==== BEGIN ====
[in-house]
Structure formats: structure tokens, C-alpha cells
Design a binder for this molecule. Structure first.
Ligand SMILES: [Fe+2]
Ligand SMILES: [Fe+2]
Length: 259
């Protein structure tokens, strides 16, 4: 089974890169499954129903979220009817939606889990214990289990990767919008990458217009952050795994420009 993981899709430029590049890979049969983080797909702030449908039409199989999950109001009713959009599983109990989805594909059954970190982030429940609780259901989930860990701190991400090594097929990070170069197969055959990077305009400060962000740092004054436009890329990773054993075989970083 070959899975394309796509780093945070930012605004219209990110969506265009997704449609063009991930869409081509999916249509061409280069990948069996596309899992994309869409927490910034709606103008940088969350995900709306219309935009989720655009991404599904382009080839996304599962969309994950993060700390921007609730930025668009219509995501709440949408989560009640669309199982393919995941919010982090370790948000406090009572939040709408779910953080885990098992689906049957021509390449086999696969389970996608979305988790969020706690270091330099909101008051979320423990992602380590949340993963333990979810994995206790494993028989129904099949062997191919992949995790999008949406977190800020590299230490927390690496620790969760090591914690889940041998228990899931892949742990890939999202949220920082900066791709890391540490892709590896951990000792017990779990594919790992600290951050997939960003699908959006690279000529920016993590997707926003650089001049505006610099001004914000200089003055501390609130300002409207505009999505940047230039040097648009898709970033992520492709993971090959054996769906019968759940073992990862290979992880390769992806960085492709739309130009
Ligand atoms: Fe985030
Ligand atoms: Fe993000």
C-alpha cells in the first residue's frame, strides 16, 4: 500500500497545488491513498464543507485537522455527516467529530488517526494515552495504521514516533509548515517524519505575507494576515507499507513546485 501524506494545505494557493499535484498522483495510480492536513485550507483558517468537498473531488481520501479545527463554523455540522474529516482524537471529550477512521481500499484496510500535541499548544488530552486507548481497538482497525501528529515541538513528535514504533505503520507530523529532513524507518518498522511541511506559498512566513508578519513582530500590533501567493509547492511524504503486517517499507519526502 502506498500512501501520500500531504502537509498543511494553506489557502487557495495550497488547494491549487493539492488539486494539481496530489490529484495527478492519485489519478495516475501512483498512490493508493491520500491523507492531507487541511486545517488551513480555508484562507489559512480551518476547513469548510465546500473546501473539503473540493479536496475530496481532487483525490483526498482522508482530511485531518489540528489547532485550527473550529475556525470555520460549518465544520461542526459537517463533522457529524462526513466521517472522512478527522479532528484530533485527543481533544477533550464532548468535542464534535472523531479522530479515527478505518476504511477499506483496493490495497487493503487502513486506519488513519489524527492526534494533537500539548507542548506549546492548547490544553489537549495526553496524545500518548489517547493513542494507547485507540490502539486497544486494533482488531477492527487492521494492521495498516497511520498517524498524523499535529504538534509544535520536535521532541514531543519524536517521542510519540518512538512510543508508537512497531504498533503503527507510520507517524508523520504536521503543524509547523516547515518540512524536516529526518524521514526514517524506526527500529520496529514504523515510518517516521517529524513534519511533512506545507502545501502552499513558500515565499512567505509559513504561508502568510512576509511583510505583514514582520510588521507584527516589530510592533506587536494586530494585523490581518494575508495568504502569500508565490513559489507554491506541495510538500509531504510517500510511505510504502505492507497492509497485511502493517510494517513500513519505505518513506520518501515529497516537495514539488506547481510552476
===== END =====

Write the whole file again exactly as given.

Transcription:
[in-house]
Structure formats: structure tokens, C-alpha cells
Design a binder for this molecule. Structure first.
Ligand SMILES: [Fe+2]
Ligand SMILES: [Fe+2]
Length: 259
């Protein structure tokens, strides 16, 4: 089974890169499954129903979220009817939606889990214990289990990767919008990458217009952050795994420009 993981899709430029590049890979049969983080797909702030449908039409199989999950109001009713959009599983109990989805594909059954970190982030429940609780259901989930860990701190991400090594097929990070170069197969055959990077305009400060962000740092004054436009890329990773054993075989970083 070959899975394309796509780093945070930012605004219209990110969506265009997704449609063009991930869409081509999916249509061409280069990948069996596309899992994309869409927490910034709606103008940088969350995900709306219309935009989720655009991404599904382009080839996304599962969309994950993060700390921007609730930025668009219509995501709440949408989560009640669309199982393919995941919010982090370790948000406090009572939040709408779910953080885990098992689906049957021509390449086999696969389970996608979305988790969020706690270091330099909101008051979320423990992602380590949340993963333990979810994995206790494993028989129904099949062997191919992949995790999008949406977190800020590299230490927390690496620790969760090591914690889940041998228990899931892949742990890939999202949220920082900066791709890391540490892709590896951990000792017990779990594919790992600290951050997939960003699908959006690279000529920016993590997707926003650089001049505006610099001004914000200089003055501390609130300002409207505009999505940047230039040097648009898709970033992520492709993971090959054996769906019968759940073992990862290979992880390769992806960085492709739309130009
Ligand atoms: Fe985030
Ligand atoms: Fe993000």
C-alpha cells in the first residue's frame, strides 16, 4: 500500500497545488491513498464543507485537522455527516467529530488517526494515552495504521514516533509548515517524519505575507494576515507499507513546485 501524506494545505494557493499535484498522483495510480492536513485550507483558517468537498473531488481520501479545527463554523455540522474529516482524537471529550477512521481500499484496510500535541499548544488530552486507548481497538482497525501528529515541538513528535514504533505503520507530523529532513524507518518498522511541511506559498512566513508578519513582530500590533501567493509547492511524504503486517517499507519526502 502506498500512501501520500500531504502537509498543511494553506489557502487557495495550497488547494491549487493539492488539486494539481496530489490529484495527478492519485489519478495516475501512483498512490493508493491520500491523507492531507487541511486545517488551513480555508484562507489559512480551518476547513469548510465546500473546501473539503473540493479536496475530496481532487483525490483526498482522508482530511485531518489540528489547532485550527473550529475556525470555520460549518465544520461542526459537517463533522457529524462526513466521517472522512478527522479532528484530533485527543481533544477533550464532548468535542464534535472523531479522530479515527478505518476504511477499506483496493490495497487493503487502513486506519488513519489524527492526534494533537500539548507542548506549546492548547490544553489537549495526553496524545500518548489517547493513542494507547485507540490502539486497544486494533482488531477492527487492521494492521495498516497511520498517524498524523499535529504538534509544535520536535521532541514531543519524536517521542510519540518512538512510543508508537512497531504498533503503527507510520507517524508523520504536521503543524509547523516547515518540512524536516529526518524521514526514517524506526527500529520496529514504523515510518517516521517529524513534519511533512506545507502545501502552499513558500515565499512567505509559513504561508502568510512576509511583510505583514514582520510588521507584527516589530510592533506587536494586530494585523490581518494575508495568504502569500508565490513559489507554491506541495510538500509531504510517500510511505510504502505492507497492509497485511502493517510494517513500513519505505518513506520518501515529497516537495514539488506547481510552476